NASA's O'Keefe: We saw the trouble coming

By boldly going where no agency has gone before in terms of deploying an agencywide financial system, NASA is experiencing some expected turbulence. At least that is the way NASA administrator Sean O'Keefe is responding to system failures the General Accounting Office found with NASA's newly deployed core financial system.

'There was a very clear understanding among our auditors and oversight committee of the challenges that we were about to confront by turning the financial system management system on,' O'Keefe said.

The agency knew that the transition of data from dozens of older financial systems would cause problems, but they could not predict what those problems would be, he said. The GAO audit was valuable, he said, because it identified the shortcomings that needed to be addressed. O'Keefe spoke at a press conference yesterday.

O'Keefe also said that an enterprise architecture, which was not used in the early development of the system, probably would have smoothed deployment.

Earlier this week, GAO testified before the Government Reform Subcommittee on Government Efficiency and Financial Management that it had found multiple problems with the agency's new financial management system (Click for GCN.com story). The system had miscounted $2 billion worth of funds and lacked adequate financial controls.

The problems that GAO noted were the kind normally experienced with ramping up of a new enterprise financial management system of this scale, O'Keefe said, adding that that no other agency had attempted to deploy a finance system of this scale. NASA's system, overseen by the Integrated Financial Management Program, would span 10 different NASA centers and consolidate 120 subsystems.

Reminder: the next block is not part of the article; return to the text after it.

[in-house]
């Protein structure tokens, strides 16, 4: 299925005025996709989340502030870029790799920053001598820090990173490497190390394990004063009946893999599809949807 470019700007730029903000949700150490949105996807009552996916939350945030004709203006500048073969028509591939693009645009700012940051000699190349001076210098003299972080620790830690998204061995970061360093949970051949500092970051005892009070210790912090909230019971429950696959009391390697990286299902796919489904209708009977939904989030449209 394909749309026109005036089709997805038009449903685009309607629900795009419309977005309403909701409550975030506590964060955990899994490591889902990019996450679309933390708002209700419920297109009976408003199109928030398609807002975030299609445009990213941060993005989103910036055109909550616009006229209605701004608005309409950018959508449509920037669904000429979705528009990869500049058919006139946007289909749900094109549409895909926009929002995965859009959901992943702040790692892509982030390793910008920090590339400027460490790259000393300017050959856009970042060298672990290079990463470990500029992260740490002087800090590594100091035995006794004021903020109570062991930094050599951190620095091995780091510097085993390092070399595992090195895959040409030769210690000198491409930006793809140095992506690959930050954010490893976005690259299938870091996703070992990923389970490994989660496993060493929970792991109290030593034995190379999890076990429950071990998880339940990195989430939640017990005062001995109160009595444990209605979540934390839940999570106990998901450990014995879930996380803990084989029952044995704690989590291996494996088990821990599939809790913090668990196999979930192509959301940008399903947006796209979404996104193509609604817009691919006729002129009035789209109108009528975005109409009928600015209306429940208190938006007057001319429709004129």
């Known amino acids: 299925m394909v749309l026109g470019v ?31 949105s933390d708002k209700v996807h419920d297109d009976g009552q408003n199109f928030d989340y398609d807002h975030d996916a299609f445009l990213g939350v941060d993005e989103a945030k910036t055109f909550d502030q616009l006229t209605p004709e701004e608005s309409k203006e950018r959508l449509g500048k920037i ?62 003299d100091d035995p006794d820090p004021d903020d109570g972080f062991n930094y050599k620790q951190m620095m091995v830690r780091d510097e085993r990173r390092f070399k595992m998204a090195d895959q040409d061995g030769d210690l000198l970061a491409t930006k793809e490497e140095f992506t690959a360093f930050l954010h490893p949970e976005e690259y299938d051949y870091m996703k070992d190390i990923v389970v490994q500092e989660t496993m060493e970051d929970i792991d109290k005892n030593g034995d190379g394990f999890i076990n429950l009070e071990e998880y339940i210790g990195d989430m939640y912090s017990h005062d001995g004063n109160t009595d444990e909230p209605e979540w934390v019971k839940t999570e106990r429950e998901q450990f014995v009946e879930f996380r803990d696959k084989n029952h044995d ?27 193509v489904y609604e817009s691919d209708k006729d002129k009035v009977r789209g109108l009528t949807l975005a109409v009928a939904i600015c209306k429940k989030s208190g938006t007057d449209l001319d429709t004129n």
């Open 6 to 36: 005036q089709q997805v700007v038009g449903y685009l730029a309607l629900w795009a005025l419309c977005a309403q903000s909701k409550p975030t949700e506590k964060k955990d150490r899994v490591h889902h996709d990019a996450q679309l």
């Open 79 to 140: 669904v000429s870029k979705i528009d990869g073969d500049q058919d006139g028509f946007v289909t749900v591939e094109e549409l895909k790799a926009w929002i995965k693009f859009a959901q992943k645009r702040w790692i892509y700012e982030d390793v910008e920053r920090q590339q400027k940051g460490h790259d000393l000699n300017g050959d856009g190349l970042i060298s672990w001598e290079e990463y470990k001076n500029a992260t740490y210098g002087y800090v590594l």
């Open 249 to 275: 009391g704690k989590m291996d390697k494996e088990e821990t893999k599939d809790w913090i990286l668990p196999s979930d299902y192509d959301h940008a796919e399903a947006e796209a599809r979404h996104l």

'The effort to set in motion a core financial system was our objective, and it has been accomplished. There is one financial management system in the agency, as opposed to two years ago, when there were several,' O'Keefe said. 'At this stage, transitioning to this [system] will take a lot of diligence and continued effort.'

GAO had also charged that the agency did not use an enterprise architecture for the system. IFMP program executive Pat Ciganer explained that when the project started two years ago, the Office of Management and Budget had not started its enterprise architecture initiative.

'Had it initially been planned ' [an EA] might have made some difference,' O'Keefe said. 'I can't quibble with GAO's argument. It probably would have helped.'

About the Author

Joab Jackson is the senior technology editor for Government Computer News.

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